Over the last decade, the online search for biological information has progressed rapidly and has become an integral part of any scientific discovery process. Today, it is virtually impossible to conduct R&D in biomedicine without relying on the kind of Web resources developed and maintained by the NCBI. Indeed, each day millions of users search for biological information via NCBIs online Entrez system. However, finding data relevant to a users information need is not always easy in Entrez. Improving our understanding of the growing population of Entrez users, their information needs and the way in which they meet these needs opens opportunities to improve information services and information access provided by NCBI. One resource for understanding and characterizing patrons of search engines is the transaction logs. Our previous investigation of PubMed query logs has led us to develop and deploy several useful applications in assisting user searches and retrieval such as the query formulation in PubMed, namely Related Queries and Query Autocomplete. Inspired by its success, we have continued using log analysis to identify research problems which are closely related to NCBI operations. Among all Entrez databases, PubMed is the most used one and often serves as an entry point for people to access related data in other Entrez databases. In 2012-2013, we have studied the problem of predicting the clicks of PubMed articles. Predicting the popularity or access usage of an article has the potential to improve the quality of PubMed searches. We modeled the click trend of each article as its access changes over time by mining the PubMed query logs, which contain the previous access history for all articles. In this study, we examined the access patterns produced by PubMed users in two years (July 2009 to July 2011). More specifically, we explored the time series of accesses for each article in the query logs, modeled the trends with regression approaches, and subsequently used the models for prediction. We show that the click trends of PubMed articles are best fitted with a log-normal regression model. Such a model allows the number of accesses an article receives and the time since it first becomes available in PubMed to be related via quadratic and logistic functions, with the model parameters to be estimated via maximum likelihood. Our experiments predicting the number of accesses for an article based on its past usage demonstrate that the mean absolute error and mean absolute percentage error of our model are 4.0% and 8.1% lower than the power-law regression model, respectively. The log-normal distribution is also shown to perform significantly better than a previous prediction method based on a human memory theory in cognitive science. This work warrants further investigation on the utility of such a log-normal regression approach towards improving information access in PubMed. Another research on query log analysis we conducted in 2012-2013 was the construction of a Web-based tool that demonstrates the four literature search filters we previously developed using PubMed click-through data. Our high-performance search filters are designed to help users to retrieve relevant articles more efficiently and effectively with respect to four different clinical topics: nephrology, diabetes, pregnancy and depression.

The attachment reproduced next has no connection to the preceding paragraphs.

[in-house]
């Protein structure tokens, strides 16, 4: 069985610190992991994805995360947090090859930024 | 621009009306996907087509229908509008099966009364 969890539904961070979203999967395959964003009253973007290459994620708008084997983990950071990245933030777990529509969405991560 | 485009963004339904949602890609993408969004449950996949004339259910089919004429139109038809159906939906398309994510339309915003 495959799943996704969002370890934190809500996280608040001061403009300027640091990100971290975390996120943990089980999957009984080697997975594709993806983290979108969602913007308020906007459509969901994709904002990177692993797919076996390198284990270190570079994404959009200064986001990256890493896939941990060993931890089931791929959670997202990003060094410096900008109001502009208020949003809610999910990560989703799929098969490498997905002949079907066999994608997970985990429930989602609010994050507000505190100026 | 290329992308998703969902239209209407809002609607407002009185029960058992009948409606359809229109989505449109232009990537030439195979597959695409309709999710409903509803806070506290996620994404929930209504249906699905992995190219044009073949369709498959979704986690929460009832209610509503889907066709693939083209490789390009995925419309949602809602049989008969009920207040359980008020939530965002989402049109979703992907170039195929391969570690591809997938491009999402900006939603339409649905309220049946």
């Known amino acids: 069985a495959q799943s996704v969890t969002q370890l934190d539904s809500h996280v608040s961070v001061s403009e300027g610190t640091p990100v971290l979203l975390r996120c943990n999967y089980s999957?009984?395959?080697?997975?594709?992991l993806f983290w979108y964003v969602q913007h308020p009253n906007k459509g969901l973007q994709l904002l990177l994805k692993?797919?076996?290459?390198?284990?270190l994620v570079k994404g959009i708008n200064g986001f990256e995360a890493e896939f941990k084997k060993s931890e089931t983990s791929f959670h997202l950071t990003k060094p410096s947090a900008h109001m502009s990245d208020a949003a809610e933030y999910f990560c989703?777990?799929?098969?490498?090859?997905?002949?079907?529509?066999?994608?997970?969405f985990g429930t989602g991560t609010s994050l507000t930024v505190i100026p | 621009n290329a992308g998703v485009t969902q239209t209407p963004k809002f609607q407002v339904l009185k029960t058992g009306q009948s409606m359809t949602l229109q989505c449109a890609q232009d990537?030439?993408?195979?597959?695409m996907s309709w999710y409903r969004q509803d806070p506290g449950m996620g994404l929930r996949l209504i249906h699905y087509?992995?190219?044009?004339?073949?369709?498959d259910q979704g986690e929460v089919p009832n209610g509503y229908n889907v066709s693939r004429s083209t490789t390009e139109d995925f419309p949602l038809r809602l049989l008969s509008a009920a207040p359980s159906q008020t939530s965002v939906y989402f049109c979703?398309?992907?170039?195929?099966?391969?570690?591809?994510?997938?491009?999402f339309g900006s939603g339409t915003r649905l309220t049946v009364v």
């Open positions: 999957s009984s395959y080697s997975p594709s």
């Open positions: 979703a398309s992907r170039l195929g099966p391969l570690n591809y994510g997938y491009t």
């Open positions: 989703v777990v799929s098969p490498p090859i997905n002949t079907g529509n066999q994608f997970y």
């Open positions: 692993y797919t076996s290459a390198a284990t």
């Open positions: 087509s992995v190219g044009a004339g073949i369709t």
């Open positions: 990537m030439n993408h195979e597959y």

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Khare, Ritu; Leaman, Robert; Lu, Zhiyong (2014) Accessing biomedical literature in the current information landscape. Methods Mol Biol 1159:11-31
NCBI Resource Coordinators (2014) Database resources of the National Center for Biotechnology Information. Nucleic Acids Res 42:D7-17
Li, J; Lu, Z (2013) Developing Topic-specific Search Filters for PubMed with Click-through Data. Methods Inf Med 52:395-402
NCBI Resource Coordinators (2013) Database resources of the National Center for Biotechnology Information. Nucleic Acids Res 41:D8-D20